ISS could be abandoned over hellish orbital junk problem, minister warns
A growing cloud of man-made junk threatens to trap humans destined for the International Space Station (ISS) on the Earth.
Business Secretary Alok Sharma has warned that new launches will not be possible and the ISS may have to be abandoned unless mankind finds a way to "clean up (its) act.”
Current estimates say there are around 160 million pieces of space junk in orbit around our planet, from entire “zombie” satellites down to most nuts and bolts and even tiny flecks of paint.
But because all of these objects are whizzing around the planet at 18,000mph, nearly seven times faster than a bullet, even the smallest of them could do untold damage to a spacecraft in the event of a collision.
“If we don’t take action now, low-Earth orbit could become too perilous for satellites or even humans on the International Space Station,” Mr Sharma said.
“The space debris expert Don Kessler predicted in 1976 that the space around the Earth could become so riddled with junk that launches would become impossible and vehicles that entered space would quickly be destroyed," he added.
“Anyone who watched Sandra Bullock defy the odds of survival in the blockbuster movie Gravity gets the idea.
“While we are all facing challenges here on Earth, this may seem like a problem that is best kept out of sight and out of mind, but there is a moral and economic imperative for us to do something about this space debris.
“If we want to continue to reach for the stars in the years to come and realise our ambitions to use satellite technology to improve lives on Earth, we need to clean up our act.”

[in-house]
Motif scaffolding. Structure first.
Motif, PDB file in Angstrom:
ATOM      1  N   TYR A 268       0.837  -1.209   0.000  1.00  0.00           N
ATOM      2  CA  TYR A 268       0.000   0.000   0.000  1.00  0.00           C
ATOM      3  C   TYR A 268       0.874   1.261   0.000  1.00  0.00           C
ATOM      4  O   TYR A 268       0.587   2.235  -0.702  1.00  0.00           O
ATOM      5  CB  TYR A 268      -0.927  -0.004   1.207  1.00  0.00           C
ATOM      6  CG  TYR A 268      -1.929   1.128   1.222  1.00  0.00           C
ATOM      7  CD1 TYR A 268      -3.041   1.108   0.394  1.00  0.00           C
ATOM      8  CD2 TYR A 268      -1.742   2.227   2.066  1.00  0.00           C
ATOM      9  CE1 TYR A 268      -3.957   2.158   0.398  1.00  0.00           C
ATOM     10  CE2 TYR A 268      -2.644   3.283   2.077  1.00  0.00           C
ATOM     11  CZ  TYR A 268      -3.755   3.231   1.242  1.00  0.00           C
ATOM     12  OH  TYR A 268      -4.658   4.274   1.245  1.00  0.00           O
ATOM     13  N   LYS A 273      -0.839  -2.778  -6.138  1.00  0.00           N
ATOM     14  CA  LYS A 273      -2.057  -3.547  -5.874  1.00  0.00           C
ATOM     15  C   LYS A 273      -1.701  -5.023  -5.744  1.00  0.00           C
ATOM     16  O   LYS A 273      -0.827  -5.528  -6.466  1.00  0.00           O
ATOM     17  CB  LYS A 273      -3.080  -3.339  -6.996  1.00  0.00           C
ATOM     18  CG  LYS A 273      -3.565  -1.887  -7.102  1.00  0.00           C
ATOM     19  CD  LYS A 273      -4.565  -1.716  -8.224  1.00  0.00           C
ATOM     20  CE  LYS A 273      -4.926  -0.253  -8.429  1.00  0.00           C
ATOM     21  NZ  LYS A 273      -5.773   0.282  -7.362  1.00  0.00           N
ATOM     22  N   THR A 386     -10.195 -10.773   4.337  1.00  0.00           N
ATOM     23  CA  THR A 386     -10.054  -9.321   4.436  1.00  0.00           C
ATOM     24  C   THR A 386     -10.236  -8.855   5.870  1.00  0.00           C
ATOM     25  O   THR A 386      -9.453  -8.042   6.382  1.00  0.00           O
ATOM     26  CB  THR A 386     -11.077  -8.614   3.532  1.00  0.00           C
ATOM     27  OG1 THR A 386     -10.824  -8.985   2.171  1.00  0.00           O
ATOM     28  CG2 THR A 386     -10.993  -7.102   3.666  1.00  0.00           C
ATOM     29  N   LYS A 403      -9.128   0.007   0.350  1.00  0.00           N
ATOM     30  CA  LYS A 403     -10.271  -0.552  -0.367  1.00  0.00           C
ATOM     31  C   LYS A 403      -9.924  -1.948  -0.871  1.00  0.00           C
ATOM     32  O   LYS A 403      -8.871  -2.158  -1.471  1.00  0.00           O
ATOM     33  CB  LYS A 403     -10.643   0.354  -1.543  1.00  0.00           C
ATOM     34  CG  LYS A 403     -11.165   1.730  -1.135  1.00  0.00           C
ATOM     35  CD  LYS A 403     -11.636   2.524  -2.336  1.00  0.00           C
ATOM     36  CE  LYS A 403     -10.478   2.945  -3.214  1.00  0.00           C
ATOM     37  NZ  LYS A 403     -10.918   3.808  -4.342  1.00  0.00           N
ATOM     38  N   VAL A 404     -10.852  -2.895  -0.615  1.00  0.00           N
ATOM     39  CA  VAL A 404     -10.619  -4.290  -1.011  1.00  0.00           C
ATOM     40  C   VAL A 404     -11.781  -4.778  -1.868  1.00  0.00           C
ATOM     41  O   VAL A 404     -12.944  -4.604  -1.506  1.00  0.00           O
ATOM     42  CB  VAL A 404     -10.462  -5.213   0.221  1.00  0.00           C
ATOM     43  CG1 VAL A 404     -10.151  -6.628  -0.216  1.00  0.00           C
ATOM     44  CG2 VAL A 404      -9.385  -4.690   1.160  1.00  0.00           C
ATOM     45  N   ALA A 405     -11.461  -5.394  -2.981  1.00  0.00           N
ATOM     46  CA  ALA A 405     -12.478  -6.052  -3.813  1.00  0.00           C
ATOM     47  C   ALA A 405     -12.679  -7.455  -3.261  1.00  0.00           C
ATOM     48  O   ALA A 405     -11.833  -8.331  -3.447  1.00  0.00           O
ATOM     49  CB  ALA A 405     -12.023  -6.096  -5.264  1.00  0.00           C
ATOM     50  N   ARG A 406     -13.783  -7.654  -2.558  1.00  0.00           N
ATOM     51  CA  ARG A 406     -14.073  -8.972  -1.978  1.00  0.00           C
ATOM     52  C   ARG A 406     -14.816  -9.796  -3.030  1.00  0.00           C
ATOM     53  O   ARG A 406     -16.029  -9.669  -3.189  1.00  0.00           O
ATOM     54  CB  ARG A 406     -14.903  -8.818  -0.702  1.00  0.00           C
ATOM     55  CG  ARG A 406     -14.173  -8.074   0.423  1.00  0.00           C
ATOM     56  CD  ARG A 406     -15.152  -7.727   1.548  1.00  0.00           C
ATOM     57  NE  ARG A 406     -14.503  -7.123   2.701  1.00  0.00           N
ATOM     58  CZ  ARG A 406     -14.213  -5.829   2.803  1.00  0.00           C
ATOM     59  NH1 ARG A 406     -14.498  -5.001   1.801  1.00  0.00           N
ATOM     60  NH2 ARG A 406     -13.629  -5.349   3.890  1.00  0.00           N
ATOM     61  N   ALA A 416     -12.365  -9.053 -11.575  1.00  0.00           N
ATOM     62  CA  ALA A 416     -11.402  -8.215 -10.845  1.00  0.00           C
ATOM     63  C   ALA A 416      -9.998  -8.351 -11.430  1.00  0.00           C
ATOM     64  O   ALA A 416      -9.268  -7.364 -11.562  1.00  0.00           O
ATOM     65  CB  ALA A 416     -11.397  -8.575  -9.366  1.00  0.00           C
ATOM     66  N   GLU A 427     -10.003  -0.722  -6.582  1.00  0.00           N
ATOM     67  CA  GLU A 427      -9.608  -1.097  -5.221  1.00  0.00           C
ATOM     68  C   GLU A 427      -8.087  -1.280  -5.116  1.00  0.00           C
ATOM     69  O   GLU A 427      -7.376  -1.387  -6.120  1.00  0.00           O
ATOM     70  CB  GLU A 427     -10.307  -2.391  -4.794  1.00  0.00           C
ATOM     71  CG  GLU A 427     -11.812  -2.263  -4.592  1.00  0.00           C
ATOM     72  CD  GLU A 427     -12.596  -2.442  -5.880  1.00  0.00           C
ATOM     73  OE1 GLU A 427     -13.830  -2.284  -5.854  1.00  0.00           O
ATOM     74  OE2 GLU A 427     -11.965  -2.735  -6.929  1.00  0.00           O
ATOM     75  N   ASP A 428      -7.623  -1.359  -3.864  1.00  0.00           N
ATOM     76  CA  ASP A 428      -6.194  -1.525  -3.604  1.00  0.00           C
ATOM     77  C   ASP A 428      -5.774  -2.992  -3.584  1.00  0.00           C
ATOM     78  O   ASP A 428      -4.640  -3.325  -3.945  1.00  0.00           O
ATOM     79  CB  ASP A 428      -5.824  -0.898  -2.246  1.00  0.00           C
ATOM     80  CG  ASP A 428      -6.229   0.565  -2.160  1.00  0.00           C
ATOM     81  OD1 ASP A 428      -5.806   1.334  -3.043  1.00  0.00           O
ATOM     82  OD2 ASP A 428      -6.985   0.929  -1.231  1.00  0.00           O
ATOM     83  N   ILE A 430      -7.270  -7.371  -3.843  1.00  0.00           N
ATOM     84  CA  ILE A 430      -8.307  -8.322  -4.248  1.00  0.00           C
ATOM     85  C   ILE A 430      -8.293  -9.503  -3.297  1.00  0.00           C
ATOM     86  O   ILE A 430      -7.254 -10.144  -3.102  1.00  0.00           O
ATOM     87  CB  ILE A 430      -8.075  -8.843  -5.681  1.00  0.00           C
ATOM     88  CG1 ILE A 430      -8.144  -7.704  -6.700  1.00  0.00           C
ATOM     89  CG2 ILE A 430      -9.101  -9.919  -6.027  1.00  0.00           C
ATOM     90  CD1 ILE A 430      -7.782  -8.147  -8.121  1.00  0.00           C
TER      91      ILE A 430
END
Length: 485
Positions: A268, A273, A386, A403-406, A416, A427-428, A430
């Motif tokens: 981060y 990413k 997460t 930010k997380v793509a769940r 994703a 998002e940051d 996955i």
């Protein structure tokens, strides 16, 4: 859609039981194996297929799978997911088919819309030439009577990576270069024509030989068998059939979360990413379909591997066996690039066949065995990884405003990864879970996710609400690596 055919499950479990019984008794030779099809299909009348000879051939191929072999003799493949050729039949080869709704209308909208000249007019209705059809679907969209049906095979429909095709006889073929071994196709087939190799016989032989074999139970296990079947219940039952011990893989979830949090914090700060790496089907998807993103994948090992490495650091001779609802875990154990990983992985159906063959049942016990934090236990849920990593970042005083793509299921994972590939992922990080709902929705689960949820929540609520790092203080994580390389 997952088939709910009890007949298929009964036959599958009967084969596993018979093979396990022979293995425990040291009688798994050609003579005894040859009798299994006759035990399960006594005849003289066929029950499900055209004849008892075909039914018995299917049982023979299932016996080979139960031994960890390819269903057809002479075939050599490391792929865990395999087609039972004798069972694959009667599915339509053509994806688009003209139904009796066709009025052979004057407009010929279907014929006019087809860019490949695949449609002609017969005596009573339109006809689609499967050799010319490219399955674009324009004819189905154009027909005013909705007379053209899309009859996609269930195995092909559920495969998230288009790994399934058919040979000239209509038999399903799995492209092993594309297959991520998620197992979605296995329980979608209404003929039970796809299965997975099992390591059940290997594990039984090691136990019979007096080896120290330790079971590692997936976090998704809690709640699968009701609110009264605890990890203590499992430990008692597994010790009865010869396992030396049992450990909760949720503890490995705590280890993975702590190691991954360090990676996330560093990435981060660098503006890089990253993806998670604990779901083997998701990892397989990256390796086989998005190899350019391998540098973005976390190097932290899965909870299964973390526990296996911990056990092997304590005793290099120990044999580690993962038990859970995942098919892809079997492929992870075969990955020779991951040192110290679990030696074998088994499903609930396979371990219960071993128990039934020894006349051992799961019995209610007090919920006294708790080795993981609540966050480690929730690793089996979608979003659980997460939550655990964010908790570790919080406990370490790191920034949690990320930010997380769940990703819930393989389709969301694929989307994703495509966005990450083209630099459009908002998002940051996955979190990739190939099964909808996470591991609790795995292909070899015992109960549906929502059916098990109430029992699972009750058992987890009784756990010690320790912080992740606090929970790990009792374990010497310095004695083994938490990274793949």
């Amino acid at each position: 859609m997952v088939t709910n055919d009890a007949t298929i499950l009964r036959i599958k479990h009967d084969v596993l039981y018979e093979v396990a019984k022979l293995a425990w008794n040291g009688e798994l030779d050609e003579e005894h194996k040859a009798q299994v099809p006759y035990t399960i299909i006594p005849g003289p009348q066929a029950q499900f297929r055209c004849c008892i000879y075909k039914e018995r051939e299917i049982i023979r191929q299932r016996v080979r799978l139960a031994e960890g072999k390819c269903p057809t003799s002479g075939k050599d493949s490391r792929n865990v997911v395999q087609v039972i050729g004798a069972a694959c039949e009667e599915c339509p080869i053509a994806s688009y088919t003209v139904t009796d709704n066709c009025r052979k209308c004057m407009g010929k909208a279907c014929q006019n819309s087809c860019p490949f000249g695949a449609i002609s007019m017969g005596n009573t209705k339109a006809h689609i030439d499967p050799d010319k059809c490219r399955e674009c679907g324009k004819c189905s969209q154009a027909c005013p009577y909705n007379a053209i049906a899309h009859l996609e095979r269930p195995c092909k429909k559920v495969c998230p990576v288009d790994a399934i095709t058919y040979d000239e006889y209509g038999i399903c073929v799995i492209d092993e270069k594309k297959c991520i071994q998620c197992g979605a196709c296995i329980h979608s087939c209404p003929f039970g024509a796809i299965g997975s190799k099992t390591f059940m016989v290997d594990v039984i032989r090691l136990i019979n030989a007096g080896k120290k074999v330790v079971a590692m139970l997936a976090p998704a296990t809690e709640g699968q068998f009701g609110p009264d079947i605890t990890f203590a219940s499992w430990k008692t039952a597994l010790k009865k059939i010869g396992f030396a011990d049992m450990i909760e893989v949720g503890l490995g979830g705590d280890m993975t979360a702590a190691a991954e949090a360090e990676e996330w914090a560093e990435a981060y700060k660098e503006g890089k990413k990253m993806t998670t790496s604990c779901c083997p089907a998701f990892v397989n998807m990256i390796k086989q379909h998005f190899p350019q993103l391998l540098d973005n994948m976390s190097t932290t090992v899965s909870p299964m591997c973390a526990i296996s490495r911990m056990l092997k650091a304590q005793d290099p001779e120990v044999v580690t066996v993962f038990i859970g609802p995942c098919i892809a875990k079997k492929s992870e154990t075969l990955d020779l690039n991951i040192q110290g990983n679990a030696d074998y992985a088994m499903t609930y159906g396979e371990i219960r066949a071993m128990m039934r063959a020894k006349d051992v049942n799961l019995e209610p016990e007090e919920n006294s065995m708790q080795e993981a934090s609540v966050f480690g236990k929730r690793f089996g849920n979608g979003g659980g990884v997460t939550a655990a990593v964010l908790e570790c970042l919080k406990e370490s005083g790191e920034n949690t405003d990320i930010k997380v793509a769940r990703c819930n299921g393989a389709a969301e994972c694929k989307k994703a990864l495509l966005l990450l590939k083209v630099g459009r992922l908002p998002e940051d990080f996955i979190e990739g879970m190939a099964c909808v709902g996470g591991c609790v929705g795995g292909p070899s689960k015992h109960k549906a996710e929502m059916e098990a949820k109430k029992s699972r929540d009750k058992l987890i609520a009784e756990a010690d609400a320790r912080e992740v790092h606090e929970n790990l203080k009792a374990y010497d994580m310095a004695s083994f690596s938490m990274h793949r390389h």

NASA astronaut says we need a shield around the world, before it's too late
NASA experts say that if even a small piece of space junk were to hit a satellite, it could create enough shrapnel to start a chain reaction that could destroy all satellites and render space a no-go zone for centuries.
The nightmare scenario, which was fictionalised in 2013 blockbuster Gravity, could happen at any moment.
European Space Agency satellite controllers narrowly avoided major collision in 2019, when they had to activate ether manoeuvring thrusters of a satellite to prevent a collision with one of Elon Musk ’s £100 million Starlink craft.
Graham Turnock, chief executive of the UK Space Agency, said: “People probably do not realise just how cluttered space is.
"You would never let a car drive down a motorway full of broken glass and wreckage, and yet this is what satellites and the space station have to navigate every day in their orbital lanes.
“In this new age of space mega-constellations the UK has an unmissable opportunity to lead the way in monitoring and tackling this space junk.
“This funding will help us grasp this opportunity and in doing so create sought after expertise and new high skill jobs across the country.”
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